Bilious Remittent Fever

Yellow Fever. [Dunglison1874].

One type of malarial fever, known as bilious remittent, has long been recognized on account of the bilious vomiting, gastric distress, sometimes bilious diarrhea, sometime constipation, which accompany the recurring exacerbations. It is further distinguished by the pronounced icteric or, rather, reddish yellow or saffron tint of the skin and sclera; a tint derived, probably, not from absorption of bile as in obstructive jaundice but from modified hemoglobin free in the blood or deposited in the derma. They are not specially nor directly dangerous themselves, but they result usually in profound anemia, and are often but the prelude to chronic malarial saturation, bad health and invaliding. [Manson1898].

Archaic term for relapsing fever characterized by bilious vomiting and diarrhea. [CivilWarMed].

Example from an 1883 death certificate from Pennsylvania:

Bilious Typhoid Fever

Relapsing fever with jaundice. [Appleton1904]


Gastric distress caused by a disorder of the liver or gall bladder. [Wordnet]

Biskra Button

The lesion occurring in cutaneous leishmaniasis. [CancerWEB]

Black Canker

A corroding or sloughing ulcer; esp. a spreading gangrenous ulcer or collection of ulcers in or about the mouth; Noma. [Webster]

Black Death

The name given in Germany and the North of Europe to an Oriental plague which occurred in the fourteenth century, characterized by inflammatory boils and black spots on the skin, indicating putrid decomposition. In many of its characters this pestilence resembled the present bobo plague, complicated with pneumonia and hemorrhages. [Thomas1875]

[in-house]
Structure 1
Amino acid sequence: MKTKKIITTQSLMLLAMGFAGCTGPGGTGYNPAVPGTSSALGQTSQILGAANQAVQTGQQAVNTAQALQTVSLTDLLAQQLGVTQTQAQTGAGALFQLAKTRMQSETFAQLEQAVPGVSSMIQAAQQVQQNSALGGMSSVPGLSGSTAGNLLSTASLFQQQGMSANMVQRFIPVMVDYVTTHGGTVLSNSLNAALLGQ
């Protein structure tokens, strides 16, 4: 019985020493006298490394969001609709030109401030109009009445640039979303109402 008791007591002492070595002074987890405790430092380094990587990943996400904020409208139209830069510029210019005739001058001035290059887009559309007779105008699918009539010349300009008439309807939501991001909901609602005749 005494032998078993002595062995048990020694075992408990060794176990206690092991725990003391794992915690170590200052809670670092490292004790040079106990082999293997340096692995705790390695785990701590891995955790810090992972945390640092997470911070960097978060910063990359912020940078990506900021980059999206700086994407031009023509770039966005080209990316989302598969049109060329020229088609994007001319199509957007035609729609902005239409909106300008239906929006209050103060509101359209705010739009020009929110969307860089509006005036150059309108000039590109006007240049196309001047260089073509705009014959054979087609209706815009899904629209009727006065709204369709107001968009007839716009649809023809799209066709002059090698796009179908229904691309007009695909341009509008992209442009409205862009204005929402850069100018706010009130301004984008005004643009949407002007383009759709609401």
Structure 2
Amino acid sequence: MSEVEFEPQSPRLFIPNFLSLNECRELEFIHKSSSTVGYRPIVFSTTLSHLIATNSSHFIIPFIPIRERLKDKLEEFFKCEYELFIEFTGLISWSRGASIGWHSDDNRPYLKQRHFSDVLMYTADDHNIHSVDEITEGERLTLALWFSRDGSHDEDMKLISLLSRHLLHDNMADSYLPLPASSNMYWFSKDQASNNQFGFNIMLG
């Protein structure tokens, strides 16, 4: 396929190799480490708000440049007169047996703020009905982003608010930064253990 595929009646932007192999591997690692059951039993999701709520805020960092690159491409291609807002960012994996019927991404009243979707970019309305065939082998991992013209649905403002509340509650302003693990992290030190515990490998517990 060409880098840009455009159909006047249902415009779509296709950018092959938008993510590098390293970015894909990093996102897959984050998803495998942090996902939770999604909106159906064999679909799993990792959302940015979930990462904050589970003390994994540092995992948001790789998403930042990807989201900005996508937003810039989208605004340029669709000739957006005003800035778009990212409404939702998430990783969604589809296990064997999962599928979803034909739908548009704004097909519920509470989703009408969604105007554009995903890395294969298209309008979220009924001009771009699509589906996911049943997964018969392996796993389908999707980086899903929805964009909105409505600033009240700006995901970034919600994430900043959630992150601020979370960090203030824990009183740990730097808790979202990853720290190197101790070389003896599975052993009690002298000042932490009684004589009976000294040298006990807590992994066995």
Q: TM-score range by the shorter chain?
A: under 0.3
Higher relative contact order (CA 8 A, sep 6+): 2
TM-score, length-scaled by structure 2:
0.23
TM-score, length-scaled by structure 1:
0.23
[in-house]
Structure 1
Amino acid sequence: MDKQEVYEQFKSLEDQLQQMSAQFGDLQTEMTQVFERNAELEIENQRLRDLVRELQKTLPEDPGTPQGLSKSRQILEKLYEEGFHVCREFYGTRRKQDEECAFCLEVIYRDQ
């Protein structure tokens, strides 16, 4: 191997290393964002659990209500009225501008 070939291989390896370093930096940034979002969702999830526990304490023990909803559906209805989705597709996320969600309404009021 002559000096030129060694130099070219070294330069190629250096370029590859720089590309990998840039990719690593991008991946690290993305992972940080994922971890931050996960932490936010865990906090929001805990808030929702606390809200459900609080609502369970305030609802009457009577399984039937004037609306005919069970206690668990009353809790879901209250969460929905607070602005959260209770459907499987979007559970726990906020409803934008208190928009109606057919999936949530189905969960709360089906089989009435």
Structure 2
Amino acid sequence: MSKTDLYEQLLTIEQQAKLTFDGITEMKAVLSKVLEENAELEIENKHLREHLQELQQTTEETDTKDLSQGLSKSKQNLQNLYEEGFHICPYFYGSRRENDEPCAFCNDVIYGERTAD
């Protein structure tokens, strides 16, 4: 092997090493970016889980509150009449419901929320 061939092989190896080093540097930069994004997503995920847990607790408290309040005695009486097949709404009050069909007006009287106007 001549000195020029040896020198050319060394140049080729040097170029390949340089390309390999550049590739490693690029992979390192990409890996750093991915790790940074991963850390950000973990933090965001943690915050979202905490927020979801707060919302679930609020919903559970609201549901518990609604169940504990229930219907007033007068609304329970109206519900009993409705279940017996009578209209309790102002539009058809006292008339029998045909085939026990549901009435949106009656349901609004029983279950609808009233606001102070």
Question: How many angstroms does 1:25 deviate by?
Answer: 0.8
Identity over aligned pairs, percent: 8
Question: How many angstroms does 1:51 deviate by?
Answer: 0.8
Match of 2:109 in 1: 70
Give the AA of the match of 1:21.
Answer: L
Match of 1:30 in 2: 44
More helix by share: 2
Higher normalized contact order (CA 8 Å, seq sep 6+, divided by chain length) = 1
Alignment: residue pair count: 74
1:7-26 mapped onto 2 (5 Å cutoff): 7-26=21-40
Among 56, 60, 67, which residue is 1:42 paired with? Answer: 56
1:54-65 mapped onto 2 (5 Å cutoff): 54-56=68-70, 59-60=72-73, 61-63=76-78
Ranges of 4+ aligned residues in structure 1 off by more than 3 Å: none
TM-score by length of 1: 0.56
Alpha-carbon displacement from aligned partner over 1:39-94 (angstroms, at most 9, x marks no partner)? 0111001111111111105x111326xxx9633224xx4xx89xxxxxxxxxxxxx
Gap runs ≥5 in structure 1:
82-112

A form of bubonic plague, caused by Yersinia pestis, that was pandemic throughout Europe and much of Asia in the 14th century. [Heritage].

Cerebro-spinal fever or epidemic cerebro-spinal meningitis, popularly called spotted fever, is an infectious disease occurring sporadically or in epidemics. This disease was not recognized until the 19th century. In Great Britain it first showed itself in the Irish workhouses in 1846, where it was known as the black death or malignant-purpuric fever. [Britannica1911].

Black Disease

The common name of more than one disease, as of black jaundice, and of melæna. [Leland1889]

Black Dog Hypochondriasis. [Dunglison1874].

Depression. This term was used by Sir Winston Churchill to describe his depression.

Black English Sweating Sickness/Fever

Sudor Anglicus Niger

Black Fever

Cerebrospinal meningitis. [Appleton1904].

An acute tick-borne illness caused by the bacteria Rickettsia rickettsii. The disease is characterized by sudden onset of headache, chills and fever which can persist for 2-3 weeks. A characteristic rash appears on the extremities and trunk about the 4th day of illness; Visceral Leishmaniasis. [CancerWEB]